Montessori parenting encompasses ideas drawn from the studies of Maria Montessori and the famous Montessori movement. Montessori parenting is a relaxed parenting approach where toddlers are left to play freely, are not punished for being naughty, and are encouraged to sleep on the floor instead of in cribs, among other things.
Montessori parenting mainly focuses on children’s need for learning through play and their desire to take on responsibility. In her book, Maria Montessori urges parents to foster their children’s desire to learn and to only intervene to provide toys and safe playtime.
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One of the main ideas underlying the Montessori system was that education should fully develop children’s positive potentials, so they can become happy and useful members of society. Like some of her eminent predecessors (e.g. Hume and Rousseau), Montessori believed the best way to achieve this was to see that education suits the child’s nature and inclinations. — Roland A. Lubienski Wentworth in his book Montessori for the New Millennium
Montessori Parents Guide
Most parents are not sure how to enforce Montessori parenting strategies, but Montessori parenting is an art that can be learned and practiced by any willing parent.
- Follow the child. As toddlers, children really do know what they want. Montessori parenting requires the parents to only prepare and provide a guideline for their children and then let them choose what they want to do and how they want to play. This instills a sense of self-worth at a very young age.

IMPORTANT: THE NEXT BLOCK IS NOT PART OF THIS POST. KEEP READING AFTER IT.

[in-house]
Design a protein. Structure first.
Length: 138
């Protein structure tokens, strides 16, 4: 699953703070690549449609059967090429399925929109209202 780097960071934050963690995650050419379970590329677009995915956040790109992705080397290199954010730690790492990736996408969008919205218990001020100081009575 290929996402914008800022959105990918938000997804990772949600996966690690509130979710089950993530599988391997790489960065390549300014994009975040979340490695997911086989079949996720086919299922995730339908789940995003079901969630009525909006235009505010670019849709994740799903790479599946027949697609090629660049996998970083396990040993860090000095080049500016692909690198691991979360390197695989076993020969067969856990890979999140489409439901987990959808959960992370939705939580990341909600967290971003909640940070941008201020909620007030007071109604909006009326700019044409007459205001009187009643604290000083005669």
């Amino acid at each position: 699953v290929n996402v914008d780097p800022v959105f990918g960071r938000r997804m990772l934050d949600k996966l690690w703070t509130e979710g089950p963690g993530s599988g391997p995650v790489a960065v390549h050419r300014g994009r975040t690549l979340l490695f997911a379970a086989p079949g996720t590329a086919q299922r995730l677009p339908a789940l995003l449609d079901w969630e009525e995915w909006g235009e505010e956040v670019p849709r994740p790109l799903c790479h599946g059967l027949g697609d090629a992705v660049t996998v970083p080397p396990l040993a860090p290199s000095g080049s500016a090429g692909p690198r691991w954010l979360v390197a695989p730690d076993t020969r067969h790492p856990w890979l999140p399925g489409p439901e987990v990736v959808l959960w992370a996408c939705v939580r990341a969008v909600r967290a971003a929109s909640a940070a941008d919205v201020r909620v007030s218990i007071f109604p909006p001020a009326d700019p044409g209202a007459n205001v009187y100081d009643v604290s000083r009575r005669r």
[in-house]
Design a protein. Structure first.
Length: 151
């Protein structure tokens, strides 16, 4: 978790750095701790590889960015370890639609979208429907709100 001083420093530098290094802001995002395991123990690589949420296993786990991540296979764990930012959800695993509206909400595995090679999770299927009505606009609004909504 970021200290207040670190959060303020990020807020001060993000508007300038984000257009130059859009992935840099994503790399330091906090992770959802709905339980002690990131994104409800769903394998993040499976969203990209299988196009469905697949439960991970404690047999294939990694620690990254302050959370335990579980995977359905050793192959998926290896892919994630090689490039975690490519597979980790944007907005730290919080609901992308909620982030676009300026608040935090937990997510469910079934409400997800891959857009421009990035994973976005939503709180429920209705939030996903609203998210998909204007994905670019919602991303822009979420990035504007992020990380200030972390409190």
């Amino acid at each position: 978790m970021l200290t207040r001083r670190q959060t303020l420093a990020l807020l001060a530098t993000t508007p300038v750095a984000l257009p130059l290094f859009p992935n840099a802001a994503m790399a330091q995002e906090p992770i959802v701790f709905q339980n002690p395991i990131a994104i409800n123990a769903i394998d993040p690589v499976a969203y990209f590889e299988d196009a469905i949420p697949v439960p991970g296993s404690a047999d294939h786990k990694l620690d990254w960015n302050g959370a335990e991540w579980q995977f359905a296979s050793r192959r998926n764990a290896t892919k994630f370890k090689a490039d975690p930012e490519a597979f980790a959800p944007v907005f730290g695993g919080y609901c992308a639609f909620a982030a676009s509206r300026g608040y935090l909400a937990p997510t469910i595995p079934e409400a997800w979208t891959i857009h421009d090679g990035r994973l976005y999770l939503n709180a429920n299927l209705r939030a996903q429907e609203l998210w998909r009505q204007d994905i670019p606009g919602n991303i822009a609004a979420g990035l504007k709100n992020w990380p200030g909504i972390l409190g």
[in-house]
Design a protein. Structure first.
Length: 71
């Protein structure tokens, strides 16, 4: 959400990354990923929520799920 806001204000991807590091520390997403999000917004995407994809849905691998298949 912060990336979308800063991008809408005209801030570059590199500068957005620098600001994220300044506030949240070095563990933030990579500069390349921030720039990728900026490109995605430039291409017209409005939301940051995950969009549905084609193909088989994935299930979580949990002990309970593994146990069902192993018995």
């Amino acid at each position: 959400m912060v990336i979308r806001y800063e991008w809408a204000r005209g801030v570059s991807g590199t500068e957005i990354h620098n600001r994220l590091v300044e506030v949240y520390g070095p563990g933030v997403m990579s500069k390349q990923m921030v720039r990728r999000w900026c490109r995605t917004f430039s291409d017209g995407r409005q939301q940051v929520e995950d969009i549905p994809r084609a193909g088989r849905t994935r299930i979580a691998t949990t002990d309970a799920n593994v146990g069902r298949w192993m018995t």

- Parent-child time. Montessori parenting believes that the only thing children want is to spend time with their parents. Therefore, parents should make an effort to spend time with their children, whether indoors or outdoors, and stop to watch them play and experience the world around them. They should play with their children when necessary, walk with them, eat with them, and by so doing, parents will learn their children’s needs and desires.
- Child desires. According to Montessori parenting, all that children need is inclusion and involvement in their parents’ schedules. Contrary to popular belief, it’s not all about good toys and good playrooms. Parents should not focus so much on what their children should do or cannot do. Rather, they should involve their children in the parents’ activities, such as reading, cleaning, and playing, and let the children take part in all they do. This will help develop the children’s sense of belonging and make them feel wanted and cared for.
- Child safety. Montessori parenting advocates for safe playtime for children. Create a play space that allows children to go in and out as they desire without getting hurt. This will help boost their confidence and allow them to make their own decisions.
- Freedom and discipline. This study states that a child is like an empty box that needs to be filled with positive things and positive thinking. Too much punishment will cause children to withdraw. Too much discipline will make home feel like a prison. Instead, as a parent, create boundaries and consistently focus on the children until they naturally opt for positive and desirable behavior.
- Montessori, Maria. The Montessori Method. New Brunswick, NJ: Transaction Publishers, 2013. Retrieved from https://amzn.to/2RaNmm0
- Lillard, Angeline, and Nicole Else-Quest. “The Early Years: Evaluating Montessori Education.” Science 313, no. 5795 (2006): 1893–1894. Retrieved from https://www.ncbi.nlm.nih.gov
- Wentworth, Roland A. Lubie, and Felix Wentworth. Montessori for the new millennium: Practical guidance on the teaching and education of children of all ages, based on a rediscovery of the true principles and vision of Maria Montessori. Routledge, 2013. Available to buy from Amazon